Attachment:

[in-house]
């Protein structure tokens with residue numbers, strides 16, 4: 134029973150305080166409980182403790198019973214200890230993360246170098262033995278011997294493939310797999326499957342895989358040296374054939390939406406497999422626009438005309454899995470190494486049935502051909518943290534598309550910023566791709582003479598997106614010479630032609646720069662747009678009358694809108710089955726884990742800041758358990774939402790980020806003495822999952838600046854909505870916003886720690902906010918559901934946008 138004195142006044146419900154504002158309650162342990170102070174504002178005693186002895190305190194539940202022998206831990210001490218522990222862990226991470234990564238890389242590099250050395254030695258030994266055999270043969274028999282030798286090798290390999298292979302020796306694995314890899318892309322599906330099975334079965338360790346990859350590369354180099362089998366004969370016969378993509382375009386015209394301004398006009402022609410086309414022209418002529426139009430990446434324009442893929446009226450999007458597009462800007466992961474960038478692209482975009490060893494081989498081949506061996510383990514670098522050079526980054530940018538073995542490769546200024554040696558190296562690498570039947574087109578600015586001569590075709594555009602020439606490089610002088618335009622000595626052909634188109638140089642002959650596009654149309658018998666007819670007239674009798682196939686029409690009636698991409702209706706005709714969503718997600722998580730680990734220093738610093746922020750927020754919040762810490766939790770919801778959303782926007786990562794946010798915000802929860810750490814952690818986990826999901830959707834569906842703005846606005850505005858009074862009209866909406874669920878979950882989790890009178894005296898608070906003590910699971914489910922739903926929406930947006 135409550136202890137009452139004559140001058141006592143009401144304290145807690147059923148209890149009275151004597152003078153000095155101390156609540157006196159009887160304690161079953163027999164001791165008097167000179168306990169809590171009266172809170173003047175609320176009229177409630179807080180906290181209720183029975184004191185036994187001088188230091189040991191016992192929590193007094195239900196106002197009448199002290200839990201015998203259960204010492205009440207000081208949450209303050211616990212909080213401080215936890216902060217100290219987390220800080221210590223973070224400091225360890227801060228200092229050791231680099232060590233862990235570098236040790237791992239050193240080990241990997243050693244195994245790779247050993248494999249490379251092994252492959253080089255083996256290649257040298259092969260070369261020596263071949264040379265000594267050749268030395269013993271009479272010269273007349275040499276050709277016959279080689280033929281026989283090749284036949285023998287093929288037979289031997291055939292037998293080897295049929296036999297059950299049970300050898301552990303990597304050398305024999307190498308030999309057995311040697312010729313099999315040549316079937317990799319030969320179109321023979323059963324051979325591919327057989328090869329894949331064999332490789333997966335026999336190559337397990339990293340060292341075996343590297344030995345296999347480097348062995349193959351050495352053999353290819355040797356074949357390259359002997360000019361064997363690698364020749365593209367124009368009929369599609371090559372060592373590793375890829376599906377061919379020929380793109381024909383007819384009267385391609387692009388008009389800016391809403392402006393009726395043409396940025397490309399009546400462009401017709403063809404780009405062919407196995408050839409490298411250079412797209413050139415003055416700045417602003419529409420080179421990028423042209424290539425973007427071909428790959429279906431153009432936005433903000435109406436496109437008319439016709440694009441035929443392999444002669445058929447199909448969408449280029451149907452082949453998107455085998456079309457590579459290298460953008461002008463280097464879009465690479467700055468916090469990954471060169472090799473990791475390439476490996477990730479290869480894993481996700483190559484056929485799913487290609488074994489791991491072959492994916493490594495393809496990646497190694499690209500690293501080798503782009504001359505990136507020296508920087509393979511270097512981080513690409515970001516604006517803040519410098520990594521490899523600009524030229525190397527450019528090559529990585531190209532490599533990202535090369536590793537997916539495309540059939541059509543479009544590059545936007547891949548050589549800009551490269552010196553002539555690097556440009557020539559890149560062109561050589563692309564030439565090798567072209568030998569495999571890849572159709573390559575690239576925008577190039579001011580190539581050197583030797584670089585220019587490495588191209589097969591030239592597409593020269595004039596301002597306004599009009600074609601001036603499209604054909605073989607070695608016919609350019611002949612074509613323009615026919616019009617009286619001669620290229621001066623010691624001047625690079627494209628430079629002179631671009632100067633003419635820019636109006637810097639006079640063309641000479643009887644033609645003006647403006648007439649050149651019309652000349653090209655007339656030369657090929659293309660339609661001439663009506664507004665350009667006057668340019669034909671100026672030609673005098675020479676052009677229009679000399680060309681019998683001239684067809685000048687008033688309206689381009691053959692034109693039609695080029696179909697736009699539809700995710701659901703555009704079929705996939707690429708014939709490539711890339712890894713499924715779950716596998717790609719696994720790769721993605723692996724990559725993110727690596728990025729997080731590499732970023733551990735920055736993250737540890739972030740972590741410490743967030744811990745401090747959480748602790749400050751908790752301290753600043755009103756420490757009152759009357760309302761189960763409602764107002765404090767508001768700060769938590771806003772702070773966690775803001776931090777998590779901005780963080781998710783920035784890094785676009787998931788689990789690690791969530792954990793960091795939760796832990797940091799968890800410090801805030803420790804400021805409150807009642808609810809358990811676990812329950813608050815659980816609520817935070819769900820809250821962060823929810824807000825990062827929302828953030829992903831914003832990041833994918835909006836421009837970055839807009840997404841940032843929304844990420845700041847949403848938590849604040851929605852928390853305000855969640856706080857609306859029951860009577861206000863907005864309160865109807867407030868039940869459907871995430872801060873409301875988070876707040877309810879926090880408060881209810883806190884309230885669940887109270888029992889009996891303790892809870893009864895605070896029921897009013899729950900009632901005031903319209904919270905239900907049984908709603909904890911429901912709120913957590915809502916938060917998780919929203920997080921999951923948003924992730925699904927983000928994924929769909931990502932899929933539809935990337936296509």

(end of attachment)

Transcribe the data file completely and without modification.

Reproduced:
[in-house]
């Protein structure tokens with residue numbers, strides 16, 4: 134029973150305080166409980182403790198019973214200890230993360246170098262033995278011997294493939310797999326499957342895989358040296374054939390939406406497999422626009438005309454899995470190494486049935502051909518943290534598309550910023566791709582003479598997106614010479630032609646720069662747009678009358694809108710089955726884990742800041758358990774939402790980020806003495822999952838600046854909505870916003886720690902906010918559901934946008 138004195142006044146419900154504002158309650162342990170102070174504002178005693186002895190305190194539940202022998206831990210001490218522990222862990226991470234990564238890389242590099250050395254030695258030994266055999270043969274028999282030798286090798290390999298292979302020796306694995314890899318892309322599906330099975334079965338360790346990859350590369354180099362089998366004969370016969378993509382375009386015209394301004398006009402022609410086309414022209418002529426139009430990446434324009442893929446009226450999007458597009462800007466992961474960038478692209482975009490060893494081989498081949506061996510383990514670098522050079526980054530940018538073995542490769546200024554040696558190296562690498570039947574087109578600015586001569590075709594555009602020439606490089610002088618335009622000595626052909634188109638140089642002959650596009654149309658018998666007819670007239674009798682196939686029409690009636698991409702209706706005709714969503718997600722998580730680990734220093738610093746922020750927020754919040762810490766939790770919801778959303782926007786990562794946010798915000802929860810750490814952690818986990826999901830959707834569906842703005846606005850505005858009074862009209866909406874669920878979950882989790890009178894005296898608070906003590910699971914489910922739903926929406930947006 135409550136202890137009452139004559140001058141006592143009401144304290145807690147059923148209890149009275151004597152003078153000095155101390156609540157006196159009887160304690161079953163027999164001791165008097167000179168306990169809590171009266172809170173003047175609320176009229177409630179807080180906290181209720183029975184004191185036994187001088188230091189040991191016992192929590193007094195239900196106002197009448199002290200839990201015998203259960204010492205009440207000081208949450209303050211616990212909080213401080215936890216902060217100290219987390220800080221210590223973070224400091225360890227801060228200092229050791231680099232060590233862990235570098236040790237791992239050193240080990241990997243050693244195994245790779247050993248494999249490379251092994252492959253080089255083996256290649257040298259092969260070369261020596263071949264040379265000594267050749268030395269013993271009479272010269273007349275040499276050709277016959279080689280033929281026989283090749284036949285023998287093929288037979289031997291055939292037998293080897295049929296036999297059950299049970300050898301552990303990597304050398305024999307190498308030999309057995311040697312010729313099999315040549316079937317990799319030969320179109321023979323059963324051979325591919327057989328090869329894949331064999332490789333997966335026999336190559337397990339990293340060292341075996343590297344030995345296999347480097348062995349193959351050495352053999353290819355040797356074949357390259359002997360000019361064997363690698364020749365593209367124009368009929369599609371090559372060592373590793375890829376599906377061919379020929380793109381024909383007819384009267385391609387692009388008009389800016391809403392402006393009726395043409396940025397490309399009546400462009401017709403063809404780009405062919407196995408050839409490298411250079412797209413050139415003055416700045417602003419529409420080179421990028423042209424290539425973007427071909428790959429279906431153009432936005433903000435109406436496109437008319439016709440694009441035929443392999444002669445058929447199909448969408449280029451149907452082949453998107455085998456079309457590579459290298460953008461002008463280097464879009465690479467700055468916090469990954471060169472090799473990791475390439476490996477990730479290869480894993481996700483190559484056929485799913487290609488074994489791991491072959492994916493490594495393809496990646497190694499690209500690293501080798503782009504001359505990136507020296508920087509393979511270097512981080513690409515970001516604006517803040519410098520990594521490899523600009524030229525190397527450019528090559529990585531190209532490599533990202535090369536590793537997916539495309540059939541059509543479009544590059545936007547891949548050589549800009551490269552010196553002539555690097556440009557020539559890149560062109561050589563692309564030439565090798567072209568030998569495999571890849572159709573390559575690239576925008577190039579001011580190539581050197583030797584670089585220019587490495588191209589097969591030239592597409593020269595004039596301002597306004599009009600074609601001036603499209604054909605073989607070695608016919609350019611002949612074509613323009615026919616019009617009286619001669620290229621001066623010691624001047625690079627494209628430079629002179631671009632100067633003419635820019636109006637810097639006079640063309641000479643009887644033609645003006647403006648007439649050149651019309652000349653090209655007339656030369657090929659293309660339609661001439663009506664507004665350009667006057668340019669034909671100026672030609673005098675020479676052009677229009679000399680060309681019998683001239684067809685000048687008033688309206689381009691053959692034109693039609695080029696179909697736009699539809700995710701659901703555009704079929705996939707690429708014939709490539711890339712890894713499924715779950716596998717790609719696994720790769721993605723692996724990559725993110727690596728990025729997080731590499732970023733551990735920055736993250737540890739972030740972590741410490743967030744811990745401090747959480748602790749400050751908790752301290753600043755009103756420490757009152759009357760309302761189960763409602764107002765404090767508001768700060769938590771806003772702070773966690775803001776931090777998590779901005780963080781998710783920035784890094785676009787998931788689990789690690791969530792954990793960091795939760796832990797940091799968890800410090801805030803420790804400021805409150807009642808609810809358990811676990812329950813608050815659980816609520817935070819769900820809250821962060823929810824807000825990062827929302828953030829992903831914003832990041833994918835909006836421009837970055839807009840997404841940032843929304844990420845700041847949403848938590849604040851929605852928390853305000855969640856706080857609306859029951860009577861206000863907005864309160865109807867407030868039940869459907871995430872801060873409301875988070876707040877309810879926090880408060881209810883806190884309230885669940887109270888029992889009996891303790892809870893009864895605070896029921897009013899729950900009632901005031903319209904919270905239900907049984908709603909904890911429901912709120913957590915809502916938060917998780919929203920997080921999951923948003924992730925699904927983000928994924929769909931990502932899929933539809935990337936296509």